Stay warm for less while working from home
Scots have the longest heating season in the UK and (unsurprisingly) the highest energy bills – so how can we balance working from home and staying warm without it costing the earth? This longer read from the Home Energy Scotland advice team will give you some ideas:
Location, location, location
If possible, locate your desk or workstation somewhere that’s free of draughts and in a bright sunny spot. You might find that being close to a window was great in the summer but is chillier now there’s a nip in the air. Opting for a spot with good natural light will also reduce the need to have the lights on during the day.
Dress for success
After months of working at home you may have accrued a large collection of elasticated-waist loungewear – the cosier the better, we say! Layering up can help your body insulate heat and regulate temperature so multiple thin layers can be better than one gigantic Sherpa fleece. That said, if you’re not on zoom calls all day no one will know if you’re in your unicorn onesie or not…
Heat is lost most easily through our extremities so get some fluffy socks and slippers (not too tight as this can actually restrict warm air flow). Depending on how practical it is you could also accessorise with a cosy snood or even a hat or fingerless gloves. Disclaimer – if you’re on camera a lot, this could give your colleagues the impression you’ve gone on a skiing holiday… and maybe that’s ok.
Blankets are an obvious cosy choice and draping one on your lap while sitting can keep your legs and feet warm. If you’ve got cold floors (non-carpeted for example) get a good rug to improve your thermal comfort. Curtains and blinds are not just there to look pretty – they reduce heat loss so as the nights draw in remember to close them before the sun goes down, even if that’s before you log off. The other must-have accessory for this season is the hot water bottle – Roisin in our team has two on rotation and swears by them for warming up while working.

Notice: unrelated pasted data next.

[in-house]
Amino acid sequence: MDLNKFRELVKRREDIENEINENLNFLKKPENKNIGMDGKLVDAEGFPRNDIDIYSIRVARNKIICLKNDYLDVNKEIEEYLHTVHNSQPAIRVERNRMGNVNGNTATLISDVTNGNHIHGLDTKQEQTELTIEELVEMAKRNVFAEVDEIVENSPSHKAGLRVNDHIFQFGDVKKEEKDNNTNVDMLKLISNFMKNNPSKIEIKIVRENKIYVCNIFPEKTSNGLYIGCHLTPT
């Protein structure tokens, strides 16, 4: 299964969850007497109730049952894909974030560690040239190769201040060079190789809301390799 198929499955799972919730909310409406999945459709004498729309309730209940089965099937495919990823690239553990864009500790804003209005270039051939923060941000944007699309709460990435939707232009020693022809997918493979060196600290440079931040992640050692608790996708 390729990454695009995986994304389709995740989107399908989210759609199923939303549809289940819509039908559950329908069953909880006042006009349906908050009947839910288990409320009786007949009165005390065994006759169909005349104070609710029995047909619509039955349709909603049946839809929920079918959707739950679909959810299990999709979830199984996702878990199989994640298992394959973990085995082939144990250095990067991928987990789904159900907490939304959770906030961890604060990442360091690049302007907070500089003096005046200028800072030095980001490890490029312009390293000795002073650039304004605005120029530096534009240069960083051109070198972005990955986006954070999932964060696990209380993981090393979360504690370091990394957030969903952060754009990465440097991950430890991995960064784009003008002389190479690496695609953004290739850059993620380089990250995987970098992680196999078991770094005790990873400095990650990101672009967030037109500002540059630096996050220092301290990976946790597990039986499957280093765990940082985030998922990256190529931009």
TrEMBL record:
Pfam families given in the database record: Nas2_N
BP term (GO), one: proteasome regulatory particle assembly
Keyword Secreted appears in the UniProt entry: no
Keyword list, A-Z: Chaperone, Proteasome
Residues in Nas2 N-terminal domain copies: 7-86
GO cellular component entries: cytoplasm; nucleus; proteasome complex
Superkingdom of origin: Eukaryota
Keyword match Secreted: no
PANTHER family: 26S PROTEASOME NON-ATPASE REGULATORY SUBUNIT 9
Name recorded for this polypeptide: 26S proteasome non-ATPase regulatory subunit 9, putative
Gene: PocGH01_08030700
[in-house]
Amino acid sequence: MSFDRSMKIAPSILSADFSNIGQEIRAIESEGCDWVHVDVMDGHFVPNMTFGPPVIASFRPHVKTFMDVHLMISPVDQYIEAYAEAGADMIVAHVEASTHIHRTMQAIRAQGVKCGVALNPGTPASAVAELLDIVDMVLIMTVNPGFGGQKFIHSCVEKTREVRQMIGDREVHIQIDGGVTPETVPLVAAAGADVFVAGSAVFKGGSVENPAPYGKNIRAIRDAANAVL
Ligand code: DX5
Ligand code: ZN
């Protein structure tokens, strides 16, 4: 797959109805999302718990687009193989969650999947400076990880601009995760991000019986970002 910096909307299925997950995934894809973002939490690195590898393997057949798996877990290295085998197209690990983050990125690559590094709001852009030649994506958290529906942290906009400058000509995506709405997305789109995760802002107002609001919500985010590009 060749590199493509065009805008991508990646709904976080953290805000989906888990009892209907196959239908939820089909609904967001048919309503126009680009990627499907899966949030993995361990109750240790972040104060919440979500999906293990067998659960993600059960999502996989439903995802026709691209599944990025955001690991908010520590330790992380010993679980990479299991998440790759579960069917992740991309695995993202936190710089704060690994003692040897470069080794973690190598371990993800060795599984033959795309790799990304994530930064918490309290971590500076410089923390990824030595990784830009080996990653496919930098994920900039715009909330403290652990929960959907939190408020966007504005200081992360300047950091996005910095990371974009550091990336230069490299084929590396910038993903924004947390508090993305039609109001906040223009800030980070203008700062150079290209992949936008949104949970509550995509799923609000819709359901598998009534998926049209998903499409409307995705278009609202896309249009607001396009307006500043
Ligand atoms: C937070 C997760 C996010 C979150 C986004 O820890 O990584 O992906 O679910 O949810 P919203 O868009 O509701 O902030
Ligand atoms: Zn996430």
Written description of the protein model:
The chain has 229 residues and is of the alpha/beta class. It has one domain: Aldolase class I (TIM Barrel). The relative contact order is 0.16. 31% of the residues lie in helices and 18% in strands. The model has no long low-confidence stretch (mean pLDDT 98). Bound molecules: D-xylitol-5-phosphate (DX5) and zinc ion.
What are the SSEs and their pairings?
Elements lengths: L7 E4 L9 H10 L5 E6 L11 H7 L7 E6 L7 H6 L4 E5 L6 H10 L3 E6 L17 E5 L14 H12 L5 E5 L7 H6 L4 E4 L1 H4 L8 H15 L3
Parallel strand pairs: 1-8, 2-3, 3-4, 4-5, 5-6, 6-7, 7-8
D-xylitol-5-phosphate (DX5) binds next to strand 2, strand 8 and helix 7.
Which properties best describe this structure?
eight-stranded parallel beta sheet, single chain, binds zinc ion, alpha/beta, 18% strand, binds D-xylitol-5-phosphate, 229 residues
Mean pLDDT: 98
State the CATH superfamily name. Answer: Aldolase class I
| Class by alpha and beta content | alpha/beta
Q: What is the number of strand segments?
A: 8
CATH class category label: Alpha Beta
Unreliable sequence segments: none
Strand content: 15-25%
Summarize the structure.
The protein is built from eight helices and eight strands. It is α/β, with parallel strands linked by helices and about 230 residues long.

Keep the heat in
If you do have draughts getting in, it can be easier than you might think to tackle them. The main culprits are doors and windows, letterboxes and chimneys, as well as lofts and basements. Draughts can make our homes feel a lot colder than they actually are.
Home Energy Scotland can provide tailored advice on how to draught-proof your home at low cost, leaving you feeling comfy and spending less on heating bills to keep warm. If you like to unplug and unwind with some knitting we have a fab pattern for a ‘Doug the Caterpillar’ draught excluder that you can download here.
Are you confident when it comes to setting the controls on your boiler or heaters? We offer completely personalised advice on how to control your heating system (and what to do if you need a new one) so ask an advisor for some tips. By setting the timer and desired temperature your home could feel consistently comfortable throughout the day, rather than blowing hot and cold on you like a high school romance.
If you have heating zones at home remember to set these up so you’re not heating unused areas during the day. If you don’t have zones, trying turning the radiators down to medium or low and leaving internal doors open so that heat can circulate and create an even temperature throughout the property.
Shake it off
Some morning activity to warm your body up is not only good for staying cosy, it’s great for your mood too. Desk yoga, crazy dancing between Teams calls, a run around the garden or a longer walk before work can all get your circulation flowing so your own internal central heating kicks in as well as your gas boiler.
Time for a cuppa?
We’re a nation fuelled by hot drinks even when there isn’t a global pandemic keeping us stuck at home. Getting up regularly from your workstation is good for your physical and mental health and making a cuppa is a great excuse for doing so*. But you can also increase your hot drink quota to include hot orange squash, hot chocolate or even just hot water and stay hydrated without getting chilly. Hardcore hot drink enthusiasts suggest keeping an actual thermos of hot tea at their desk to reduce the number of times they’re boiling the kettle, but we think it’s important to get up and move around too – do what works best for you.
*Don’t boil more than you need though – if the kettle’s going all day this will cost you!
This may get a mixed reaction but try either reducing the time you spend in the shower or cut down by a few showers a week to reduce hot water costs. Reach for the dry shampoo to see you through (you can get some nice non aerosol products as an alternative to sprays) and wash clothes less often too – trying airing them instead to get another wear out of them before putting them in the laundry basket.
Get in touch
If it’s time to think about some new heating, draught proofing or insulation you can get free impartial advice from Home Energy Scotland – we can also help you access financial support for getting the work done. Get in touch today to find out more.